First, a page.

Bringing a new furry friend into your home is a lot of responsibility. They may be cute, but they still require a lot of work and attention. And since they’re your new BFFF (best furry friend furever) you definitely want to make smart and healthy choices for them so they live just as long as you do!
But where to start? There are a ton of resources out there that say feed your dogs this…don’t feed them that. Let them sniff on walks…don’t let them sniff. Use this multivitamin…not this one. It can be hard to navigate through all of this research which is why our Frenchie team has rounded up the best and simplest tips when it comes to making smarter choices for your pet’s health.
Important Note: We are STILL not doctors! PLEASE CONTACT YOUR VETERINARIAN BEFORE MAKING FOOD AND VITAMIN CHANGES TO YOUR DOG’S DIET.
What to Feed Them
Probably the most common choice for a fur parent is to make sure your dog is getting the right nutrients. Again, please consult your vet and do your brand research before swapping out your pup’s entire diet. But there are a lot of nutrients and vitamins that aren’t in dog kibble that you’ll need to give them in a different way. There are multi-vitamins that you can give them, raw diets to incorporate or simply some human foods that are super safe and healthy for dogs (like spinach, blueberries, and chicken!). They say that dogs eating strictly kibble for their entire life is equal to a human eating cereal for theirs. Sure, you could survive off it, but you’re missing a lot of important nutrients your body needs to be healthy and strong.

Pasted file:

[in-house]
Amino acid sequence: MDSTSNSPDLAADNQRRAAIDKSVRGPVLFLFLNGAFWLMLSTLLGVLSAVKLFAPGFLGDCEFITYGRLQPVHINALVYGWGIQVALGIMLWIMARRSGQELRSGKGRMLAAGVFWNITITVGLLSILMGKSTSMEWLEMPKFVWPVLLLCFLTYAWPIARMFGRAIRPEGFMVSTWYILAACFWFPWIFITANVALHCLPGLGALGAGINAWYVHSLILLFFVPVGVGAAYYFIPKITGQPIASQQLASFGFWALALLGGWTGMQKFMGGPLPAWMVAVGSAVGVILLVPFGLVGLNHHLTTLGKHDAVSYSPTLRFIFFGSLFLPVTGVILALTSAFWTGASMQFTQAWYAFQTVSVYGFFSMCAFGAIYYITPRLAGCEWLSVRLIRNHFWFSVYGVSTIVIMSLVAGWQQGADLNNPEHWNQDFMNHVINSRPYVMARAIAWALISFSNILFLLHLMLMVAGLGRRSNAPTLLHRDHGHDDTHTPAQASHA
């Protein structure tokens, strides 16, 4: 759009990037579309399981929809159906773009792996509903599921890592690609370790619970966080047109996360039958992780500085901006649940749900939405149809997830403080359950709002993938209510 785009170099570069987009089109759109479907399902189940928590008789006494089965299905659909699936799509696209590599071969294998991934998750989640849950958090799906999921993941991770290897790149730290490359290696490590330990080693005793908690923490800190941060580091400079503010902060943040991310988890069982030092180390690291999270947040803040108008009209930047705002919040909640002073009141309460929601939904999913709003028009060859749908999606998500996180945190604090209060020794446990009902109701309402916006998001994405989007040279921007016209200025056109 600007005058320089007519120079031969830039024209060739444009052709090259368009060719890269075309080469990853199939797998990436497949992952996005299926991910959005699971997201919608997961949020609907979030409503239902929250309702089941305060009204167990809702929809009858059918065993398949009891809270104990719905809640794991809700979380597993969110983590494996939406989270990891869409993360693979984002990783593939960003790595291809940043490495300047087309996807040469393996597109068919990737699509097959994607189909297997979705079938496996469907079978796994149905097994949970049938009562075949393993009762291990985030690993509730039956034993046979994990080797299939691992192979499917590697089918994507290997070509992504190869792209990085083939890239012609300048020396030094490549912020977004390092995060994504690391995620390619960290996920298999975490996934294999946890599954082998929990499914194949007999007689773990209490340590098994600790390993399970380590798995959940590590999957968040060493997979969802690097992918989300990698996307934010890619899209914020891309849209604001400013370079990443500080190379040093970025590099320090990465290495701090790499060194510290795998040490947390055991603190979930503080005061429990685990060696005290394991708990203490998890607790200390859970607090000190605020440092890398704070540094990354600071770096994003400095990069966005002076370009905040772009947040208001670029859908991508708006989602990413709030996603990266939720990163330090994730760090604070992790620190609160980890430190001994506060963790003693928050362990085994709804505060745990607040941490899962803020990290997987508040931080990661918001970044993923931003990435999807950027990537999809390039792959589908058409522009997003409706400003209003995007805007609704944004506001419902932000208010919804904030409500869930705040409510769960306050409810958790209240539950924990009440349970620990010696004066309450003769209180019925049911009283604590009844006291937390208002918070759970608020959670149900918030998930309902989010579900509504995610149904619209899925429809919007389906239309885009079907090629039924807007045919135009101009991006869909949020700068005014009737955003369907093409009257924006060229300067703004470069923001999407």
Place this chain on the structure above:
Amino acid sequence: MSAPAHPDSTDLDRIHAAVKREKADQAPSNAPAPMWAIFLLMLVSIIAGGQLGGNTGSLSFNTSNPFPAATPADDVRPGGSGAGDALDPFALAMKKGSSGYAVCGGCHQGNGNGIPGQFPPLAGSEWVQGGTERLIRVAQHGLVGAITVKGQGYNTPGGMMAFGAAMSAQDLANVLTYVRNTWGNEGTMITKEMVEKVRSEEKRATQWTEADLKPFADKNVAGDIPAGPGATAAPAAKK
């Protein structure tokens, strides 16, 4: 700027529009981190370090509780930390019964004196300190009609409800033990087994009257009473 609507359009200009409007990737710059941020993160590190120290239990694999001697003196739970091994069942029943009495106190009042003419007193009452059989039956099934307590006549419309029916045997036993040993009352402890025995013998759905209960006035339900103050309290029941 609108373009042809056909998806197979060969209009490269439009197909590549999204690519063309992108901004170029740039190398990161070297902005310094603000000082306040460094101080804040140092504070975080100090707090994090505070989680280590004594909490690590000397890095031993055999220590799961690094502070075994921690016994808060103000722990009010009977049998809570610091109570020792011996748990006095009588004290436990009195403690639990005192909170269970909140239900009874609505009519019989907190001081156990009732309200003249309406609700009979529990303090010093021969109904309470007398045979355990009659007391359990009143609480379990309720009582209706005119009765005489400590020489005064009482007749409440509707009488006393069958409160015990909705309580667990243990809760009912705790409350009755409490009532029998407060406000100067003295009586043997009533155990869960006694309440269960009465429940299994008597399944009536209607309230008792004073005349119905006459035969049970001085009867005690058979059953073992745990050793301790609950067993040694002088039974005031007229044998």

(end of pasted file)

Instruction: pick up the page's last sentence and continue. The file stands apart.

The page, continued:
Another thing you’ll need to verify with your vet and do plenty of research on, but some dogs (especially older ones or different breeds) need a little more. Just like humans, some of us have low iron or need more Vitamin D—dogs are the same way! After talking with your vet, see if there are any multi-vitamins you should be giving to your dog, or other supplements for things like joint health, skin allergies, or healthy fur.
When I say that humans and dogs have a lot in common—I mean it. You go to the dentist, right? Well, your dog does too! Dental care plays a big role in maintaining a pet’s overall health. According to PetInsurance and the American Veterinary Dental Society, it’s estimated that more than 80% of cats and dogs over the age of three show signs of oral disease. You can help by brushing their teeth at home, giving treats to combat bad breath, and bringing your pups in to your vet for an annual oral exam.
This one may seem obvious, but you’d be surprised how little a small walk around the neighborhood does for a dog. Dogs need a lot of exercise. Any chance you can to give your dog some physical and mental stimulation please take advantage of it. Let them run around the dog park, play fetch in the backyard, or even invest in some dog puzzles for a brain game. Having a good exercise routine will keep your dogs healthy and in your life a lot longer.
Keeping up with parasite control is instrumental in maintaining the health of our furry friends. Fleas, ticks, heartworms, and intestinal parasites can cause everything from discomfort to life-threatening illnesses in pets. Speak with your vet about what medications and vaccines they need — including annual treatments, monthly preventatives, and high-tech gadgets like flea collars and microchips.
Annual Vet Visits
Which leads us to our final point…visit your vet! Make sure that you have a good vet you trust and are taking your dog to their bi-annual vet appointments. Anytime your dog has been sick or just “not acting himself”, taking him to the vet gives a rush of relief the minute a professional checks him out. Vets should be someone you trust, and you know that if something’s wrong with your little buddy—they’ll take care of them!
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